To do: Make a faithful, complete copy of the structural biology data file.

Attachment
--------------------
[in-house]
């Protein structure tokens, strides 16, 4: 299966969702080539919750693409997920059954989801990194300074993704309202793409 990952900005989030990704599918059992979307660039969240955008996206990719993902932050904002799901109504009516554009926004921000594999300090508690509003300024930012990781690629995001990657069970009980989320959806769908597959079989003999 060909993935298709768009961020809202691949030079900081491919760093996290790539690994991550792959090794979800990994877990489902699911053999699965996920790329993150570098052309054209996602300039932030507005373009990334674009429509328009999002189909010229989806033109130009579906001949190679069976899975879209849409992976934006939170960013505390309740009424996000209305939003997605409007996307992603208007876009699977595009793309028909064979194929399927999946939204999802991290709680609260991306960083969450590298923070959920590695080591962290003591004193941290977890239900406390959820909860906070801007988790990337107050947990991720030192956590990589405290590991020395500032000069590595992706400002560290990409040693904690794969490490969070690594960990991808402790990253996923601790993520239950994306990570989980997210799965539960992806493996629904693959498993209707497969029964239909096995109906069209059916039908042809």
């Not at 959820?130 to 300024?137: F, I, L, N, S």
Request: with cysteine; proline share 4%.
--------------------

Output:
[in-house]
């Protein structure tokens, strides 16, 4: 299966969702080539919750693409997920059954989801990194300074993704309202793409 990952900005989030990704599918059992979307660039969240955008996206990719993902932050904002799901109504009516554009926004921000594999300090508690509003300024930012990781690629995001990657069970009980989320959806769908597959079989003999 060909993935298709768009961020809202691949030079900081491919760093996290790539690994991550792959090794979800990994877990489902699911053999699965996920790329993150570098052309054209996602300039932030507005373009990334674009429509328009999002189909010229989806033109130009579906001949190679069976899975879209849409992976934006939170960013505390309740009424996000209305939003997605409007996307992603208007876009699977595009793309028909064979194929399927999946939204999802991290709680609260991306960083969450590298923070959920590695080591962290003591004193941290977890239900406390959820909860906070801007988790990337107050947990991720030192956590990589405290590991020395500032000069590595992706400002560290990409040693904690794969490490969070690594960990991808402790990253996923601790993520239950994306990570989980997210799965539960992806493996629904693959498993209707497969029964239909096995109906069209059916039908042809």
């Not at 959820?130 to 300024?137: F, I, L, N, S």
Request: with cysteine; proline share 4%.